If you are here, hopefully you already know that a General 5 Star moped was made in Taiwan. Since most all the main brands of mopeds from the 70's were made in Europe, that should tell you something about buying and rebuilding a Taiwanese bike--they are unique--not bad, just not easy to fix or rebuild certain things compared with the Euro brands.
For example, the General 5 Star ST with the Sachs engine has special rims and hubs. Nothing like them on any bike I own and have studied. The forks and swing arm require a bolt instead of a stud, so the hub has to accept a bolt sliding through from side-to-side. The Euro bikes with loose bearings have studs and bearing cups so no way to use a bolt unless you convert the rims to sealed bearings. Generals had sealed bearings, so that's a clue to retrofits--but beware that the tabs that hold the brake plates on the forks and swing arm won't just allow you to bolt up other wheels without modification. The tab holding the brake plate on the fork is offset--not centered like other brake plates, so modification can work if you use a Puch rim, for example, but re-use the General Brake plate. It will fit.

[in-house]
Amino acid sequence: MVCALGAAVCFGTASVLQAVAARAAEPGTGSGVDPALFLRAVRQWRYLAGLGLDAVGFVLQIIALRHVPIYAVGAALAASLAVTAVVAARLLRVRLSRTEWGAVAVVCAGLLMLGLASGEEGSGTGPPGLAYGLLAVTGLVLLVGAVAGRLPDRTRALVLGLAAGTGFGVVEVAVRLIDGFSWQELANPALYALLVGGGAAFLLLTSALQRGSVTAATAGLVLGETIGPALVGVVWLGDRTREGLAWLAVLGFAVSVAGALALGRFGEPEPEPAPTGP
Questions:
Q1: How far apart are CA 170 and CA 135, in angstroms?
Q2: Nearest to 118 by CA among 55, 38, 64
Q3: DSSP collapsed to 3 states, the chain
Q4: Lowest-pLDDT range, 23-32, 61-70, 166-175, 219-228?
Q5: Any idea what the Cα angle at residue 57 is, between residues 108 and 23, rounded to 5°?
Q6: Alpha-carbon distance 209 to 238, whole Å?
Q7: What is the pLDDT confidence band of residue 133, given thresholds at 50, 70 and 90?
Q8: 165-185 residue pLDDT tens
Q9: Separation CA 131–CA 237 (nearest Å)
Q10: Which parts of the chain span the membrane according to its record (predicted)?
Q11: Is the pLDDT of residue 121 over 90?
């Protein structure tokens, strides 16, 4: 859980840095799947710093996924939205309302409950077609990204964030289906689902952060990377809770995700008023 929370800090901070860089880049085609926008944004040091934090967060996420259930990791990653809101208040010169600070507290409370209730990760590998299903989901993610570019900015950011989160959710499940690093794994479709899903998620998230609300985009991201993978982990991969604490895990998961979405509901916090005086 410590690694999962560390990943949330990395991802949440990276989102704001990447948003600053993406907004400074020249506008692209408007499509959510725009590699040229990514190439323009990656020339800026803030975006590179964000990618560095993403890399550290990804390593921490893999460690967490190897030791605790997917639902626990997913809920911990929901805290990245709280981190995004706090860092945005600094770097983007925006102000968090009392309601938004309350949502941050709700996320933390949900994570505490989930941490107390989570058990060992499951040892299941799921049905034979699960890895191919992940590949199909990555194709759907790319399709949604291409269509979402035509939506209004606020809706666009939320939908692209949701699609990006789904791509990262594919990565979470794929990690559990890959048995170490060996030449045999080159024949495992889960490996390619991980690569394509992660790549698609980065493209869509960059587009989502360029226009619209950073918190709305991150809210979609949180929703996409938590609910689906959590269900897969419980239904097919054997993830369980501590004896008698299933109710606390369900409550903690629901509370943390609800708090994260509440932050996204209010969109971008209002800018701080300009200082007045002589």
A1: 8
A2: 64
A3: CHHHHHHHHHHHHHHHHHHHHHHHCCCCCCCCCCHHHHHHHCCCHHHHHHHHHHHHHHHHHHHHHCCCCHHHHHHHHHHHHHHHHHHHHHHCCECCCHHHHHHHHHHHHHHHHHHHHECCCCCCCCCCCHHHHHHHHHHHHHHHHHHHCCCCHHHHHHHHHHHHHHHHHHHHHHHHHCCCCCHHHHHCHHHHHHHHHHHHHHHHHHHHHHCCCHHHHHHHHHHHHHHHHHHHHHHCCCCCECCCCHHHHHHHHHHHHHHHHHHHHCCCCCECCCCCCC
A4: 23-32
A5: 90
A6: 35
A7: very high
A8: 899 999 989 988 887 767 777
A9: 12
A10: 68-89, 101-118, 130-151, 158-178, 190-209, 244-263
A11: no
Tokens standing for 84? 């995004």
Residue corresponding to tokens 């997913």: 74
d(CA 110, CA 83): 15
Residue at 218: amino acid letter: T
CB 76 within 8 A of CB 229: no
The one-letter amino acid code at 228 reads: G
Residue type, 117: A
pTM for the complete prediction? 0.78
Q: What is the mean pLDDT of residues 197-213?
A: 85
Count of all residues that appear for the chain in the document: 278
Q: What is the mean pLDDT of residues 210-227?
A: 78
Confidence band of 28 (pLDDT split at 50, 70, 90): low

The rear wheel and brake plate on a General with the Sachs engine also has a special part that fits between the brake plate and the swing arm to hold the brake plate still. A rear rim and brake plate from a more typical Sachs bike won't fit with the General part/spacer between the brake plate and the swing arm. Might require welding or some crazy hack to get it to work--hasn't happened for me so far.
I won't buy another General with a Sachs unless it has straight wheels. Period. Replacement is way too difficult for a Sachs-powered bike to make the effort worthwhile.